Remove granola from oven and season with additional salt, if desired. Remove granola from pan before if cools or simply line pan with parchment paper. Let cool completely before serving or storing in an airtight container for up to 1 month.


Tuesday, January 19, 2010

eight(.)five

On a scale of one to ten he said I was an 8.5, not something he would like to see in a person my age. My knee injury was an 8.5, really?
It has been about five weeks post surgery. As of TODAY I have ditched the crutches completely, I am hobbling at lightning speed with one hand on the wall like I am two sheets to the wind (well not yet, at least), I can actually start to work on my range of motion, past the 90 degrees I have been working with and I can start to swim, even get on a stationary bike *gasp*. Now the real work begins. What I have been doing has been productive and self-satisfying, but I now feel like I have a neon sign above my head that only the physical therapist can see that is blinking, “begging for pain.” I can handle all the strength training you can shove at me, I will not get tired and complain about it and I can stretch for hours, but breaking down scar tissue is like running over your own leg and then as if that wasn’t enough you have a friend back up over it for you as if it brought so much pleasure. It is just not fun, I have yet to meet a person who will tell you otherwise. My doctor was very candid with me, bringing me back down from my 26 year golden cloud in the sky; this is going to take a good nine months, Michelle. I have yet another obstacle in the recovery road, I am a “skinny athlete” *hhhmmmmm* kind of like “skinny fat” where sure I am fit but I have no bulk to my muscles. My quadriceps look like my calves and that has to change to prevent any further injury. That neon sign just started to flash “she loves squats and lunges!”
On the bright side, because there is always a bright side; I can walk and my knee is incredibly stable, a feeling in which I have not experienced in almost one and a half years!
Cheers, here is to the recovery, the long recovery, the ups and the downs and most of all: the light at the end of the tunnel!

Your story

What is your story? No, seriously, I want to hear it, most everyone I run into, mostly strangers have one. Let me share because apperntly I am not the first person to have knee surgery ( I know, who would have thought?) and there are some people out there that have over came tremendous hurdles.
This morning while pumping gas, the most ususpecting attendant  befriend me, I knew she has had an injury because these are the only people that run to get doors, pull things off the shelf and are extreamly eager to chat.  She had the door open for me before I even realized that I was going to go into the service station and proceed to be amazed at the fact that I could have a knee problem, I think she thought that the only knee injuries were from obesity. I waited because I knew her story was coming, sure enough, she slipped at "pump 5" on gasoline and water which caused her to have over 150 stiches in her left shin which is holding a large metal plate in in her leg. We both agreed that having a good (i.e. good looking) doctor is a major up side to the whole ordeal AND never step on spilled gasoline while the pavement is wet. Never!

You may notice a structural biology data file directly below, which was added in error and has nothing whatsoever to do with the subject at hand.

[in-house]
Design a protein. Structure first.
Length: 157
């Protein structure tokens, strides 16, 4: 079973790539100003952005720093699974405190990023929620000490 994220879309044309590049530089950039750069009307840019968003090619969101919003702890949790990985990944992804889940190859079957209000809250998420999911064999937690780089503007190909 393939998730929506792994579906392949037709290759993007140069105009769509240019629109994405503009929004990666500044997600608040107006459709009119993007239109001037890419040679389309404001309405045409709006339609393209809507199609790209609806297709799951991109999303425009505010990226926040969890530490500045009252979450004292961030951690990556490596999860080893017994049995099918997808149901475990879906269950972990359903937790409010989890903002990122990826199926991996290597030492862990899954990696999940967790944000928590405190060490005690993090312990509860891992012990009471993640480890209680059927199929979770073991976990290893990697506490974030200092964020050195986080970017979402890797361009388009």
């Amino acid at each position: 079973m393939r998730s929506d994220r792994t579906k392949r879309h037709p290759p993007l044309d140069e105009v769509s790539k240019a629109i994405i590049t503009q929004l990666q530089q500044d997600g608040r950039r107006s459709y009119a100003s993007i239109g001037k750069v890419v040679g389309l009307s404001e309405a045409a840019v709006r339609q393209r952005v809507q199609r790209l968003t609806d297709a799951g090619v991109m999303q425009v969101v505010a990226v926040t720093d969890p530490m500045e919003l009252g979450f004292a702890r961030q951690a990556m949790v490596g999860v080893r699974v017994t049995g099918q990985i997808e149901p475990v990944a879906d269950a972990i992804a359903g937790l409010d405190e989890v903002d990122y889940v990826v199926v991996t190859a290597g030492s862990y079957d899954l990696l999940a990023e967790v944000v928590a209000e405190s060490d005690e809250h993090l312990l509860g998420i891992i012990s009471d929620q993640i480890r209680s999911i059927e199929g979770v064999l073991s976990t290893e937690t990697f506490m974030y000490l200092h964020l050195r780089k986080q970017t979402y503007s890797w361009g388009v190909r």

Yesterdaywhile I was at the gym, a fellow gym rat (I mean this in a very positive way) wanted to chat, his interest was sparked while he overhearn me talking to another woman about the amount of movement in my knee because her husband had the same sort of injury/surgery (twice) and had a hard time getting his range of motion back (she was a stranger). The man (he remembered me from last fall at the gym pre surgery) chatted about biking, keeping fit, and of course his injuries. His were impressive, mine isn't too bad. He was bench pressing a lot of weight and his bicep tore off his arm, just tore right off. He has the scare to prove it. Don't lift too much! His stories went on (kind of how J. can rattle off his injuries to his knees and ankles) like how he had his meniscus removed from a skiing accident and three lower back surgeries. He told me to stay active or else scare tissue runs your life and I will.
I could go on for hours about the stories that I have heard but I won't because if you are fortinuate enough not to have gone through something of the sort these are probably as boring as watching paint dry. For those of you who might find this interesting I have a few more for you.
My co worker was going up some icy steps and slipped breaking her leg, she had to recover on crutches all winter while it was icey. I know of two more women at work who have slipped on ice and broke their ankles.
While I was donating blood (well just tried to because my ACL is a cadaver I have to wait a year) the lady in the waiting room wanted to chat about my injury, she of course tore her MCL while playing with her dog at the dog park and an excited dog clipped her in the side square on the knee. Again, be careful of loose dogs (I am not advocating living in fear)!
Need I forget my yoga instructer who was playing professional football in the 70's, blew out his knee and killed his career in football when they cut a huge gapping whole in his leg and wrapped his leg muscles around his knee (or something gross like that) and then of course as decades passed and technology advanced he had his knee replaced. He says that yoga is the only thing that keeps his body moving after years of football injuries.
Our good friend had four knee surgeries in three years. He is a ski guru. Needless to say he can relate to what happens during knee surgery. His wife, also a skier, had knee surgery and walked out of the hospital that day.